Commercial buy-to-let mortgages

Discover the key to successful property investment with this in-depth guide on commercial buy-to-let mortgages.
Confused about commercial buy-to-let mortgages? Schedule a free, no-obligation call with one of our experienced advisors to get your questions answered.
Commercial buy-to-let mortgages

Navigating the landscape of commercial buy-to-let mortgages can seem daunting, especially if you’re new to commercial property investment. These types of mortgages differ significantly from their residential counterparts, with unique terms, conditions, and eligibility criteria. Whether you’re an established property investor considering diversifying your portfolio or a novice exploring opportunities in the commercial property market, understanding the ins and outs of commercial buy-to-let mortgages is key to making informed and strategic investment decisions.

In the following guide, we’ll explore various aspects of commercial buy-to-let mortgages, from basic definitions and eligibility requirements to more complex matters such as interest rates, tax implications, and potential pitfalls to avoid. We’ll delve into the benefits and potential risks, outline the application process, and provide you with the essential knowledge you need to confidently embark on your journey into commercial property investment. Whether your goal is to expand your investment horizons, diversify your income streams, or simply to gain a better understanding of the uk’s commercial property market, this guide will serve as a comprehensive resource.

What is a commercial buy-to-let mortgage?

A commercial buy-to-let mortgage is a type of loan designed for individuals or businesses who want to purchase a property with the intention of renting it out to a business rather than to residential tenants. The property in question is generally a commercial property such as an office building, retail space, warehouse, or mixed-use building.

These mortgages are primarily used by landlords and property investors looking to expand their property portfolio with commercial properties. Commercial buy-to-let mortgages are often more complex and come with higher interest rates compared to residential buy-to-let mortgages, primarily due to the increased risk associated with commercial properties.

The mortgage is typically set up so that the rental income from the property covers the mortgage payments. Lenders usually require that this rental income exceeds the mortgage payments by a certain percentage (often around 125-130%) to provide a buffer for any periods where the property might be vacant, or the business tenant is unable to pay rent.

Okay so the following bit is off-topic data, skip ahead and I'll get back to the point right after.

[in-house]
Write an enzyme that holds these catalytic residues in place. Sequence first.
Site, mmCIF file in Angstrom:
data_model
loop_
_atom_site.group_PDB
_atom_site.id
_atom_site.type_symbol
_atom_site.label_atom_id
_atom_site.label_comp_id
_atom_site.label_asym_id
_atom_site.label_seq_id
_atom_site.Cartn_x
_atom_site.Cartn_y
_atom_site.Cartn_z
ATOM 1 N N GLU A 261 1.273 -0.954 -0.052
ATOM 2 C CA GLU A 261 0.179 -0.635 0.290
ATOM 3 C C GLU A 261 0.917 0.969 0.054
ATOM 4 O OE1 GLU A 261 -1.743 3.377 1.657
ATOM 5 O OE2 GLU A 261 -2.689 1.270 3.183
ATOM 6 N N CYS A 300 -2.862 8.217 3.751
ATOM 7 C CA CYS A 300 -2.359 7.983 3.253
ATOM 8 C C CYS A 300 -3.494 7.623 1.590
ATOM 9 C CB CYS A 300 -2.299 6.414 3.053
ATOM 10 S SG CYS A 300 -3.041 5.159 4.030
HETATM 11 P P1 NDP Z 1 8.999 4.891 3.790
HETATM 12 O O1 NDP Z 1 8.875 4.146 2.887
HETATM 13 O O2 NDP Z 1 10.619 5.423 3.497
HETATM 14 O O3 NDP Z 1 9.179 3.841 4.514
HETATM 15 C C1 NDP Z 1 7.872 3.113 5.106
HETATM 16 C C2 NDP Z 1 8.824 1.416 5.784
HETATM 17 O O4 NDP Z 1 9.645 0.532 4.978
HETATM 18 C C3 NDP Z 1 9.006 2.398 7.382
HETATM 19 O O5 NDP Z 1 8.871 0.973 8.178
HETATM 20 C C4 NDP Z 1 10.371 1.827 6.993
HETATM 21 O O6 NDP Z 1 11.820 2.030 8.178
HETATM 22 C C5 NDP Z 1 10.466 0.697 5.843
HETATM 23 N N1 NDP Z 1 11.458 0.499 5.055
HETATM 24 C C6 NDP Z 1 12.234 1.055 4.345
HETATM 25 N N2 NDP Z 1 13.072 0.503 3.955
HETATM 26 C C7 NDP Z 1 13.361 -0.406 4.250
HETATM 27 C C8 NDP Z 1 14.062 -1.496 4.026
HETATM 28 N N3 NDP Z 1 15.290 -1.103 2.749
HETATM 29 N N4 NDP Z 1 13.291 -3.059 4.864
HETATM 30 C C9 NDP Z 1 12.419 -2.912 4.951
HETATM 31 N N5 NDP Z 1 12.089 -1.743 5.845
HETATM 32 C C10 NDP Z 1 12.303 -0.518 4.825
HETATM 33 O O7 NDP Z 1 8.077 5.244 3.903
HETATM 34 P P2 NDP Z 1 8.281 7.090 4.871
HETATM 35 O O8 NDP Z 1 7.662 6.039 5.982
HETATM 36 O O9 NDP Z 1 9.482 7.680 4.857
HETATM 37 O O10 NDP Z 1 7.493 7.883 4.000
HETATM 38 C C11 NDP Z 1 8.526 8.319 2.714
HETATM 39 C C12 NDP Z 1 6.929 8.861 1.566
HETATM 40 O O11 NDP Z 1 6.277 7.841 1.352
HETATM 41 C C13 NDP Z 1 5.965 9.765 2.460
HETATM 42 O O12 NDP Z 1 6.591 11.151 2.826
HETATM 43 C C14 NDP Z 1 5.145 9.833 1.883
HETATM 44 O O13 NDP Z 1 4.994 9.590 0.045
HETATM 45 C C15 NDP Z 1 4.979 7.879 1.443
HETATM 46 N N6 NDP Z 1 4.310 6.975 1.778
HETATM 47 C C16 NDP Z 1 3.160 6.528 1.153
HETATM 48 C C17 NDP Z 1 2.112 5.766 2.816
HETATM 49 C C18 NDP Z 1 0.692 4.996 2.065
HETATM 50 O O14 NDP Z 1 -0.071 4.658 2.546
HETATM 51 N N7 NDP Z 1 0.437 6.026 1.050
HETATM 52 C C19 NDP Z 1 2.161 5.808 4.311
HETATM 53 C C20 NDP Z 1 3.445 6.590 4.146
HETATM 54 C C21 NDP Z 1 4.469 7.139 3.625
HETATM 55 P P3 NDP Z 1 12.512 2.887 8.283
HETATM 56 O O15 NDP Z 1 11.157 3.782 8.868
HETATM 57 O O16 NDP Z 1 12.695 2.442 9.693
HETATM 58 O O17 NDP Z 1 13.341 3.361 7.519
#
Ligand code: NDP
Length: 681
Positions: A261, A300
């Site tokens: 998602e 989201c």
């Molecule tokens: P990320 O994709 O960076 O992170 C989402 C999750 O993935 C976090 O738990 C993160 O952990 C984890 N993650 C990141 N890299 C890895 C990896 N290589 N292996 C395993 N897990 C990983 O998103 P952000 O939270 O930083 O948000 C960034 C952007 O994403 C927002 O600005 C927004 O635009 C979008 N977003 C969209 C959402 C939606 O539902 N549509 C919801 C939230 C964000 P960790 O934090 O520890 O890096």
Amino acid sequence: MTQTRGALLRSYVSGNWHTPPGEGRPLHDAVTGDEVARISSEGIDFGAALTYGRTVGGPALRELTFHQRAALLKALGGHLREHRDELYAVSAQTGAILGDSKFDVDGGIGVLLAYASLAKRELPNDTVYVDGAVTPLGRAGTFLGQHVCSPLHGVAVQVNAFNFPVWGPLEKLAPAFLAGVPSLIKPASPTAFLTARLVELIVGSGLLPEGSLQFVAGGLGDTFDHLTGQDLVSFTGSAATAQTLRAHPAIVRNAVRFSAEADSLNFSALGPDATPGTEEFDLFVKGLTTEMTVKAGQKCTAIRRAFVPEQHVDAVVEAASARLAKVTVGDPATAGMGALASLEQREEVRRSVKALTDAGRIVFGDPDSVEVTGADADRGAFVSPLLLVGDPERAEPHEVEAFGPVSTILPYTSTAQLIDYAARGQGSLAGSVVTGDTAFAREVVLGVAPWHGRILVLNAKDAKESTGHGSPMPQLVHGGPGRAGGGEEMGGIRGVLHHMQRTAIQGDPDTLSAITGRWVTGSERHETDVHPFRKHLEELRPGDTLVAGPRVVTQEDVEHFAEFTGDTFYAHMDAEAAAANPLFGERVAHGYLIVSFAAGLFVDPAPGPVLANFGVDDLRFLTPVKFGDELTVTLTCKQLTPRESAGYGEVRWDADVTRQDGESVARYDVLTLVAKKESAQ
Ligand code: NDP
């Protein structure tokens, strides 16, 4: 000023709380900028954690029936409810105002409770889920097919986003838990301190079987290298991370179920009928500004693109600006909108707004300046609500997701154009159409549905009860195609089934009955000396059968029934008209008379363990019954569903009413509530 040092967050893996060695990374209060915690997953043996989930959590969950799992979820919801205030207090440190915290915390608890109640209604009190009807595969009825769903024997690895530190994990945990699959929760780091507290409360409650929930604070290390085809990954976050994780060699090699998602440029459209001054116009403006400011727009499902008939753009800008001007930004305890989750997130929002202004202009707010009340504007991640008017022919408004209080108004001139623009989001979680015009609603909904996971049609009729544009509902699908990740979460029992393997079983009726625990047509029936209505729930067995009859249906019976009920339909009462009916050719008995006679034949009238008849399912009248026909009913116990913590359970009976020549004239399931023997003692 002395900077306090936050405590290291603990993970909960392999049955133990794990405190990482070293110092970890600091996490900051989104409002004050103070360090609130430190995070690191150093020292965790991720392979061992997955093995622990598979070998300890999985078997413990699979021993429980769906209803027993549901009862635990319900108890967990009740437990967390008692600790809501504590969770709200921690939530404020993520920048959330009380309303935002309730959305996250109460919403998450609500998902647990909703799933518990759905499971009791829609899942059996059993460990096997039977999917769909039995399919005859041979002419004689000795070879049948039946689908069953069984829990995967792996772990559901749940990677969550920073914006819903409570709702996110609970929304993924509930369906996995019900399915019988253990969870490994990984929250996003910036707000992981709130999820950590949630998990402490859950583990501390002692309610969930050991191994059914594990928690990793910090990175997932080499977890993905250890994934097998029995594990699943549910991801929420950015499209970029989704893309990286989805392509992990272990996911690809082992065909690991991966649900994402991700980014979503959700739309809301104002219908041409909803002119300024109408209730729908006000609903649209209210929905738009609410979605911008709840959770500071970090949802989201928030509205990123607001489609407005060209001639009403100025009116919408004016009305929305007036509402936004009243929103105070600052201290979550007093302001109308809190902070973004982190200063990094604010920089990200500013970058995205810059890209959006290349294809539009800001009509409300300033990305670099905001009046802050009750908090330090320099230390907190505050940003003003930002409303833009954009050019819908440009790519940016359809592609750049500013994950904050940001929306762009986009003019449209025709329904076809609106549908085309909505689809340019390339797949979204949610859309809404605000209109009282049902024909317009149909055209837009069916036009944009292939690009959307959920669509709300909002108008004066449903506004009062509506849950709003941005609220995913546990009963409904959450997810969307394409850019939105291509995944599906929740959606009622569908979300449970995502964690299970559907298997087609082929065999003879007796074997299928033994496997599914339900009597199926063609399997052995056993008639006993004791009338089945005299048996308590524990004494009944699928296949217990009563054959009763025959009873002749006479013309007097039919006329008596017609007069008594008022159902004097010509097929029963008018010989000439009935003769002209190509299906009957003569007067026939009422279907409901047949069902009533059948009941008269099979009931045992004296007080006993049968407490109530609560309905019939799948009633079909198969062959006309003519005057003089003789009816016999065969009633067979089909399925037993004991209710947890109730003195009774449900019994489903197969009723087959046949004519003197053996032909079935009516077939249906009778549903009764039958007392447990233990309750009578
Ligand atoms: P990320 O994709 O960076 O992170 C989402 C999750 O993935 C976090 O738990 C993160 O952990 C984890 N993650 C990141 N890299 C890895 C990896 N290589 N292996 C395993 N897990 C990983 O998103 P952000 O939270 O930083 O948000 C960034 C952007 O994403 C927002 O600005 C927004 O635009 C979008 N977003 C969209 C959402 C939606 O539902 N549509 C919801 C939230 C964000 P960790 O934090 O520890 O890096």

How to get a buy-to-let mortgage on a commercial property

Getting a buy-to-let mortgage on a commercial property is a process that involves several steps.

Here’s a basic guide:

Research the market: First and foremost, it’s important to understand the commercial property market, including the types of properties available, their location, and the potential demand for commercial rentals in that area. Look at trends in the market and get a good idea of the likely rental income and potential return on investment.

Find a suitable commercial lender: Not all lenders offer commercial buy-to-let mortgages, so you’ll need to research which financial institutions do. Commercial mortgage brokers can be a helpful resource, as they have access to a wide range of lenders and can guide you toward those most likely to approve your application.

Will the property generate enough rent?: To secure a commercial buy-to-let mortgage, you’ll need to demonstrate that the property will generate sufficient rental income to cover the mortgage payments and any associated costs. Lenders typically require the rental income to be 125-130% of the mortgage payments.

Do you already have a commercial tenant?: If you already have a tenant lined up for the property, this could increase your chances of being approved for a mortgage. The lender may require information about the tenant’s business and their ability to pay the rent. Having a tenant with a good financial track record could make your application more attractive to lenders.

Applying for the mortgage: Once you’ve found a suitable lender and property and are confident in its rental income potential, you can proceed to the application stage. This will involve providing various pieces of information, including:

  • Details about the property and its value.
  • Your personal financial information and credit history.
  • Business plan or rental income projections for the property.
  • Information about the prospective tenant (if you have one lined up).
  • Some lenders may also require a professional valuation and survey of the property.

Seek professional advice: It’s highly recommended to seek advice from a financial adviser or mortgage broker before proceeding with a commercial buy-to-let mortgage. They can provide guidance based on your individual circumstances and help you navigate the complexities of the process.